I think that was the key. Right now, if all I get to do is to thank her, that would be worth contacting her. My main concern is her feelings, if she's ready or comfortable. Thing is, I've finally reached that point where I don't need to find her for me, but I want to find her for her.

    If an LDS birth mom is reading this, please know that sealing ordinances or not, you still have an important role in the life of you first/birth child. Please do not hesitate to seek out your birth child, if anything leave quearies on various sites and make it easier for that child to find you. The gospel of Jesus Christ has allowed for so much healing with my adoption and given me far more love and compassion for all mothers. Allow it to do the same for you.

    Baby girl, Dayton OH, 10/1/84

  16. Anon,

    It's wonderful that you want to meet your birth mother. And I'm sure LDS birth mothers will be encouraged by your thoughtful comments.

    But please, please, do not thank your mother for surrendering you. This would be a terrible insult. What you are saying is that any woman selected by an adoption agency would have been a better mother than your birth mother would have been.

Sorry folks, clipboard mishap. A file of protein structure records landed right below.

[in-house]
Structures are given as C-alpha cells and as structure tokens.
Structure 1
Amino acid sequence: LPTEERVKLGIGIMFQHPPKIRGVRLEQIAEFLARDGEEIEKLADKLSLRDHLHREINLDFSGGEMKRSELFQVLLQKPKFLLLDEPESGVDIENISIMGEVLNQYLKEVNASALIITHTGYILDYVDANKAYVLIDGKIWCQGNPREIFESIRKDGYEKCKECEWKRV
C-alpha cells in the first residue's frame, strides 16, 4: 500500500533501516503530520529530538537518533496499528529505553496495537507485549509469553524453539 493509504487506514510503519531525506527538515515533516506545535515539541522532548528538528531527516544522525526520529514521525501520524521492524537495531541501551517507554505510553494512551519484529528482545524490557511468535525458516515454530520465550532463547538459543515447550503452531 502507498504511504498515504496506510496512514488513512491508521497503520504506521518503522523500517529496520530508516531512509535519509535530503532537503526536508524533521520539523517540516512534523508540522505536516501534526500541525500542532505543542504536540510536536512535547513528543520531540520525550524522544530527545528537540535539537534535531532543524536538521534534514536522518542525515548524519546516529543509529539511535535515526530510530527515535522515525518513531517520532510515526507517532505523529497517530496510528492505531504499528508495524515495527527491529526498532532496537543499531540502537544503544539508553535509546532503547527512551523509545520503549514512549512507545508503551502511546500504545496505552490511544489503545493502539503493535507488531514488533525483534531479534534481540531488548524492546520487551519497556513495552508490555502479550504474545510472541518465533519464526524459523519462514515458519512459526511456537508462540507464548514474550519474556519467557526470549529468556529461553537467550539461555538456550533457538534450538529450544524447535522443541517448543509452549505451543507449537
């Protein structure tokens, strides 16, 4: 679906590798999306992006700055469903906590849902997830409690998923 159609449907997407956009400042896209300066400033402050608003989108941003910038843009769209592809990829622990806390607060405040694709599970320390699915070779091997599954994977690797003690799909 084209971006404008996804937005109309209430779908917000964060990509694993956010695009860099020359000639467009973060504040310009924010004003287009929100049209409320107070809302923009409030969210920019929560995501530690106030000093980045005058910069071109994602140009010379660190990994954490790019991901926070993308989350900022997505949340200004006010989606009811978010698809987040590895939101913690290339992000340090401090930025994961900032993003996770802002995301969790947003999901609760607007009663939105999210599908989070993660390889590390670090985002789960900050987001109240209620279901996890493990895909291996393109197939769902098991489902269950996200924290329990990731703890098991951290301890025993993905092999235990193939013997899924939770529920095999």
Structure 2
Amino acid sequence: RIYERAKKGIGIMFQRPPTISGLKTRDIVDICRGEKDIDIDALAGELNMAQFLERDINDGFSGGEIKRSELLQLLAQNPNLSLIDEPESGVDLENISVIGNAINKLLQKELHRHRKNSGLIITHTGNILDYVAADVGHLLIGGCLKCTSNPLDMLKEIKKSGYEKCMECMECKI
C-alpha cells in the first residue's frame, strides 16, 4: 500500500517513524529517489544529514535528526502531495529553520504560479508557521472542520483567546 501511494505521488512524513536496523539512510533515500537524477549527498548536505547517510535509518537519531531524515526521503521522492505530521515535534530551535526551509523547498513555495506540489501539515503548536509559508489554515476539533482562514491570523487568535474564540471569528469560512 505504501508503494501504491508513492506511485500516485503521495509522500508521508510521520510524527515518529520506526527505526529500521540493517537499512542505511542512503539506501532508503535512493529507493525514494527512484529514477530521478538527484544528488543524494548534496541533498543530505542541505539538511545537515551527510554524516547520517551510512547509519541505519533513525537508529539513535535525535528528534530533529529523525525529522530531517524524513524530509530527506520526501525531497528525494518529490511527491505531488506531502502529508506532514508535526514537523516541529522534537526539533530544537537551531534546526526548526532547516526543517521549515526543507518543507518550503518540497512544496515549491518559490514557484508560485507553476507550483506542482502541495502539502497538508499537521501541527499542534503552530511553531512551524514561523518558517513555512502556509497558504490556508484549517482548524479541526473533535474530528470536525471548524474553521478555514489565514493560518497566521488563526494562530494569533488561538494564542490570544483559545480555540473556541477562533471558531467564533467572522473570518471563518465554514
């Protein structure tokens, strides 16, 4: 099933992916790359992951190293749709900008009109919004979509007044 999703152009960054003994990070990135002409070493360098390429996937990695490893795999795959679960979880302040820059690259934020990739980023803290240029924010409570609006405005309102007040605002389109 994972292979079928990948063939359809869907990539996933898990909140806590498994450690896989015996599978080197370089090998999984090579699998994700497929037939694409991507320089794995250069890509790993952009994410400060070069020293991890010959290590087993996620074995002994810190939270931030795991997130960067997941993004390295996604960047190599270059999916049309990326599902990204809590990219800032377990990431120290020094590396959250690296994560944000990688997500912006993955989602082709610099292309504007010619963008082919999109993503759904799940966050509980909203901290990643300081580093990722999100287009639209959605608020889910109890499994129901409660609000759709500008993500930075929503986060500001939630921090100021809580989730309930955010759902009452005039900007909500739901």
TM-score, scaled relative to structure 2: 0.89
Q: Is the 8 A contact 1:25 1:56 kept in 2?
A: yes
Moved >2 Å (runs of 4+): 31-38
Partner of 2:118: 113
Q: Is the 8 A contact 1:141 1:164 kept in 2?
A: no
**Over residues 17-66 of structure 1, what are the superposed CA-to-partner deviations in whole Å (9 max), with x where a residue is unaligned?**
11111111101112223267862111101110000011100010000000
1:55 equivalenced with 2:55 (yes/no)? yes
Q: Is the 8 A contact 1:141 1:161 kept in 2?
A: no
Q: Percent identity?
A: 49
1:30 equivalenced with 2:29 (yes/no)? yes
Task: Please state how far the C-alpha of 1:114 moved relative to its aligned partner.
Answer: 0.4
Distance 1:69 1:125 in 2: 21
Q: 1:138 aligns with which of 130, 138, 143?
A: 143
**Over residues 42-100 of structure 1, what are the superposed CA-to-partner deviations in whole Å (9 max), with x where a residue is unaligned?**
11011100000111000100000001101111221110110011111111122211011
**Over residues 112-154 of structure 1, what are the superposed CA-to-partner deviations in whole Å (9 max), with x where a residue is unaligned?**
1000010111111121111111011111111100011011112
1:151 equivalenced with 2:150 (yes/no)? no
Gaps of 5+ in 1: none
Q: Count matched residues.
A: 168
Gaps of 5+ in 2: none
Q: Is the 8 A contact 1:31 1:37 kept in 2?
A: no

You can never know what your life would have been if she had been able to keep you -- don't assume it would have been worse.

    The truth is likely that she desperately wanted to keep you but her family and perhaps the church insisted she give you up. She didn't make a loving decision; she accepted the inevitable.

    You can tell her you have had a good life --but don't thank her for it. Tell her what she means to you. Try to understand her pain and be compassionate.